Most “best-of” lists for buildings focus on superlatives: tallest, prettiest, most expensive. For the past 50 days, The Guardian has taken a slightly different approach by compiling a stellar lineup of 50 great buildings in 50 different cities. The series serves as both a crash course in architectural history and comprehensive survey of where contemporary urbanism is headed.
The list manages to include many popular favorites, like the Sagrada Familia in Barcelona and the Guggenheim in Bilbao, as well as many projects we’ve covered here on Gizmodo like the Makoko Floating School in Lagos, Nigeria and Houston’s ill-fated Astrodome.
A floating school designed by NLÉ could be a model for cities affected by climate change, photo by Iwan Baan for NLÉ
But what makes this list so wonderful, however, is that it’s not just the stereotypical greatest hits from every city. There are also inspired choices which manage to cover larger issues around public space, population booms, and engineering technology. A collapsed department store in Seoul. The first Starbucks in Seattle. Beijing’s original stock exchange.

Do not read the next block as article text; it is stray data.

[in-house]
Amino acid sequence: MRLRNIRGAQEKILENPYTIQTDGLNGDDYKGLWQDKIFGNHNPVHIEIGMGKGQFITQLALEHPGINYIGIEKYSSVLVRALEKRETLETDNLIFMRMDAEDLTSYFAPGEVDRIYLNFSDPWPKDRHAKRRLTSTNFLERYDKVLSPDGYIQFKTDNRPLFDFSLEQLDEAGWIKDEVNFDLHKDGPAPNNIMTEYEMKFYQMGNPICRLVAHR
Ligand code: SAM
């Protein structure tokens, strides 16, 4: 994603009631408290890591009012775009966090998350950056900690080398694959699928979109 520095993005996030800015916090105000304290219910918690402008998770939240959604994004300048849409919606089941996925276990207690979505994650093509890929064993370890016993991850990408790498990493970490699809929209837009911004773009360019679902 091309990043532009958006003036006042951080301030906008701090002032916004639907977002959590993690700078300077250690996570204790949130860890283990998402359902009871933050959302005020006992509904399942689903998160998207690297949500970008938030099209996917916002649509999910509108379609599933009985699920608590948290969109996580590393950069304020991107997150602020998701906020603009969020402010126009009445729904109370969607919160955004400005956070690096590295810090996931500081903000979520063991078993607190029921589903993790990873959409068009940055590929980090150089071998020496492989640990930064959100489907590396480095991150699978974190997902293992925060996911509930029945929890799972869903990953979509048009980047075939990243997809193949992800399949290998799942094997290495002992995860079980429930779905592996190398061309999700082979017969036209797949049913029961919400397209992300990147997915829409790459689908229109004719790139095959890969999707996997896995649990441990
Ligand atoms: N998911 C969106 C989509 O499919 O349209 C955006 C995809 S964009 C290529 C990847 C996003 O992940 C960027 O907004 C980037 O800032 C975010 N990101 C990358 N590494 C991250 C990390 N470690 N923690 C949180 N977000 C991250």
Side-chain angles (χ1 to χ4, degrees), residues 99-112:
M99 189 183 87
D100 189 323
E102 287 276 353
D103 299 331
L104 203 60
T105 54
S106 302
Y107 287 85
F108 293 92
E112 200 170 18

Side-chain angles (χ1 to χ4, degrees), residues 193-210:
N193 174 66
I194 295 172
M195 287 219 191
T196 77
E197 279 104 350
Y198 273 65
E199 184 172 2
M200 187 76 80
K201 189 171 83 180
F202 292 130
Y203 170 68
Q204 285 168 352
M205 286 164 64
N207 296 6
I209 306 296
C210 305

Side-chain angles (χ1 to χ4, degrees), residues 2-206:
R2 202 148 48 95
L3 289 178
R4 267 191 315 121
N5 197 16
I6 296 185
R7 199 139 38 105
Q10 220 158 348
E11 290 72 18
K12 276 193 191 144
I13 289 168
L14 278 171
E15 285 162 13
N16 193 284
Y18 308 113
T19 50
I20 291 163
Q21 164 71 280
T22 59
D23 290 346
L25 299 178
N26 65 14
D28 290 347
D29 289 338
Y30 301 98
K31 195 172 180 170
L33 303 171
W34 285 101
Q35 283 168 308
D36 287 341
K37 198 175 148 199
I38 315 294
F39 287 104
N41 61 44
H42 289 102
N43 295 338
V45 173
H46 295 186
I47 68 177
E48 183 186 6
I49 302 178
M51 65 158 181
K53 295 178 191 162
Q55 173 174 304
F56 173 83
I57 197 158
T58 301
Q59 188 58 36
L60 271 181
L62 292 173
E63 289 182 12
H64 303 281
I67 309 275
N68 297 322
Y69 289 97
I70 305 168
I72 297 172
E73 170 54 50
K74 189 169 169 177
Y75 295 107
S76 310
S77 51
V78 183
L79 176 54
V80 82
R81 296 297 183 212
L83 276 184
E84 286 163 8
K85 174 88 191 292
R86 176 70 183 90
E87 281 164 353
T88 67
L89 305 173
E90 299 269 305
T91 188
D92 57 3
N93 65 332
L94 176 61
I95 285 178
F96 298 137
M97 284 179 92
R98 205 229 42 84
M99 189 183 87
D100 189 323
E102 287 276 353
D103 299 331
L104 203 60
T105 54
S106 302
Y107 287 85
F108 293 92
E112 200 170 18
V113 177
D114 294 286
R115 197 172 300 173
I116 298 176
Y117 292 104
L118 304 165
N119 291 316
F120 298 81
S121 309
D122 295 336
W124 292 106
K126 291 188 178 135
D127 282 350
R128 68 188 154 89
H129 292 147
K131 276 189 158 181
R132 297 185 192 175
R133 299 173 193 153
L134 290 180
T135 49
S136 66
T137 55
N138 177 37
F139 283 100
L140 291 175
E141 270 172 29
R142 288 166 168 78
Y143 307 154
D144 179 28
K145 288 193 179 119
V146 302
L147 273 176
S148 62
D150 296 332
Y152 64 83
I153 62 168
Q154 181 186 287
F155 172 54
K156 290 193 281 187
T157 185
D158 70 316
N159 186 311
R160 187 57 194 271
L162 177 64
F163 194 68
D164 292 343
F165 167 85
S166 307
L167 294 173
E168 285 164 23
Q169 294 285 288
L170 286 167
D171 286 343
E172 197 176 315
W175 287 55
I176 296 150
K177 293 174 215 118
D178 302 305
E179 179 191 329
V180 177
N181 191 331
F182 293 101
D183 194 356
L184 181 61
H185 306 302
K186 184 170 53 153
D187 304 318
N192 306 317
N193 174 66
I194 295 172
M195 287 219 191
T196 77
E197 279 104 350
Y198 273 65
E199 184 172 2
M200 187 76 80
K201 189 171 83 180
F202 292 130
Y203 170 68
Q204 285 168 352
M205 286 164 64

Curitiba’s BRT system is a model for fast, efficient, cost-effective transportation, photo by Morio
I also enjoyed the way transportation is well-represented, which may change our cities more than any single building: It’s Curitiba’s bus rapid transit system that gets the nod, as well as LA’s innovative stacked freeway interchange. And I discovered many places I’d never heard of before, like a striking modern gas station built by Italian invaders in the East African city of Asmara, Eritrea.
The Kingdom Tower will top the Burj Khalifa as the world’s tallest by 2018
The series ends today with a grand finale: the Kingdom Tower in Jeddah, Saudi Arabia, which will be the tallest building on the planet when it’s finished in 2018. It’s a fitting bookend to building #1: The 4,600-year-old pyramid of Zoser (top image) in Memphis, Egypt. As the essay notes, the Giza pyramids are larger and more famous, but this 200-foot tall structure—“the Burj Khalifa of its day”—was built nearly two millennia earlier. It was a civilization’s first attempt at leaving a mark on the planet that would outlast everyone who built it—and it’s still standing. As the series proves, humanity hasn’t looked back since.
Mohamed El-Shahed/AFP/The Guardian